Prime Factors1,960 = 49 x 16 x y. What is the value of y? When most testtakers encounter problems such as the one above, they have a predictable, yet incorrect, reaction. Most people fret when faced with large numbers that would take more than two minutes to deal with. But this reaction is the exact opposite of the reaction you should have when faced with a large number. Always remember: the GMAT is a test of your critical thinking abilities. While basic arithmetic skills are a prerequisite for achieving a high score on test day, the GMAT is not particularly concerned with your ability to divide 1,960 by 49. And, not only is the GMAT not concerned with your ability to divide 1,960 by 49, but it also rewards those who know that the GMAT does not want them to do such laborious arithmetic. The reaction you should have to problems such as the one above is not, “wow this problem is going to take a long time,” but, “the GMAT does not expect me to take the time to do all that division; there must be a shortcut here.” That shortcut is prime factorization. Any number can be expressed as a series of primes multiplied together. If we can determine those primes, we can avoid timeconsuming math. Let’s return to the problem above, but this time we will express all the numbers in terms of their prime factors. In order to start the process of determining these factors, just think of any two numbers that multiply to equal 1,960: 1,960 = 196 x 10 Neither of these numbers is prime, so we repeat the process: 196* x 10 = 14 x 14 x 2 x 5 2 and 5 are prime, so they stay as they are, but 14 is not, again break it down, repeating the process on both sides of the equation until only primes remain. After breaking your original equation down into prime factors, you end up with: 7 x 2 x 7 x 2 x 2 x 5 = 7 x 7 x 2 x 2 x 2 x y Then just cancel out any numbers appearing on both sides, and you are left with: y = 5 *quick side note: to save time on test day, make sure you know your squares up to 15! Bret Ruber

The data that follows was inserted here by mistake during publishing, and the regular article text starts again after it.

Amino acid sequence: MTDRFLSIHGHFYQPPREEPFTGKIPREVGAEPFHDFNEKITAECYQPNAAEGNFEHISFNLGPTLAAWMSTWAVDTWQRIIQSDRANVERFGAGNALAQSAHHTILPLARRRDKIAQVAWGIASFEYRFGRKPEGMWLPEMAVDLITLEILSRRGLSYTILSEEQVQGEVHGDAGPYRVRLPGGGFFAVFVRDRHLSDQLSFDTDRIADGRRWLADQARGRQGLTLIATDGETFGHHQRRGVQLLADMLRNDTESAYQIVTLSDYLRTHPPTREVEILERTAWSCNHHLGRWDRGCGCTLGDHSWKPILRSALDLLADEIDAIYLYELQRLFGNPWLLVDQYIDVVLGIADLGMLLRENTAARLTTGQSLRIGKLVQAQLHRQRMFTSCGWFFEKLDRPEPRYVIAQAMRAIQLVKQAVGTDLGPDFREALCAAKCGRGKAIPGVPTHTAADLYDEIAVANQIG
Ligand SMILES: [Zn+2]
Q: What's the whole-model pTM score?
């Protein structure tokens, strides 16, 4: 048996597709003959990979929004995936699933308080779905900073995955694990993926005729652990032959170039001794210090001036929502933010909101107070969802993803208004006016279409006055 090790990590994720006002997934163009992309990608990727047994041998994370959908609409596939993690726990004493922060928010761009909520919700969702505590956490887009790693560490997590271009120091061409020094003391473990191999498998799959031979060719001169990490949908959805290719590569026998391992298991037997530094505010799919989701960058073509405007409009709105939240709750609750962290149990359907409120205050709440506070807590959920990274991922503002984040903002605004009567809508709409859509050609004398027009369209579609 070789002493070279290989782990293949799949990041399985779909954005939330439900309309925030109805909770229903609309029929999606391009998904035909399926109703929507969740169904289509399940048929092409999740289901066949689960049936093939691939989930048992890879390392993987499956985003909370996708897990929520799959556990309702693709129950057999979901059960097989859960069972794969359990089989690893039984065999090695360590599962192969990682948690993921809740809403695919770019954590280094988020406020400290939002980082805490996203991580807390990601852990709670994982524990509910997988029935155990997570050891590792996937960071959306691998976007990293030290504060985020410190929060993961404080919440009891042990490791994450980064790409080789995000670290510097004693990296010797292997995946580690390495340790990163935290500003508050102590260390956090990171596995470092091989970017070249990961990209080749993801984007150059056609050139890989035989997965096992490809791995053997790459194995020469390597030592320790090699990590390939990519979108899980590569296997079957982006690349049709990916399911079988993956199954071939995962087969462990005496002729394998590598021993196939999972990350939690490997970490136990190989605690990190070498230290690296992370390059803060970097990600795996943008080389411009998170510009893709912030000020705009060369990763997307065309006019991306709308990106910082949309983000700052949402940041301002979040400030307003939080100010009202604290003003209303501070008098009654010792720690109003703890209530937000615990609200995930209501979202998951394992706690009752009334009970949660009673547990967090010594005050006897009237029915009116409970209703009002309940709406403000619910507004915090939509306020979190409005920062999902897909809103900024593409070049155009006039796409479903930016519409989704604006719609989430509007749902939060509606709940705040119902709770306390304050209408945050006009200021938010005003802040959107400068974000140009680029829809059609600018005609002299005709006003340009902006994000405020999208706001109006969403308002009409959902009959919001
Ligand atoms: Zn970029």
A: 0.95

[0] Comments to this Article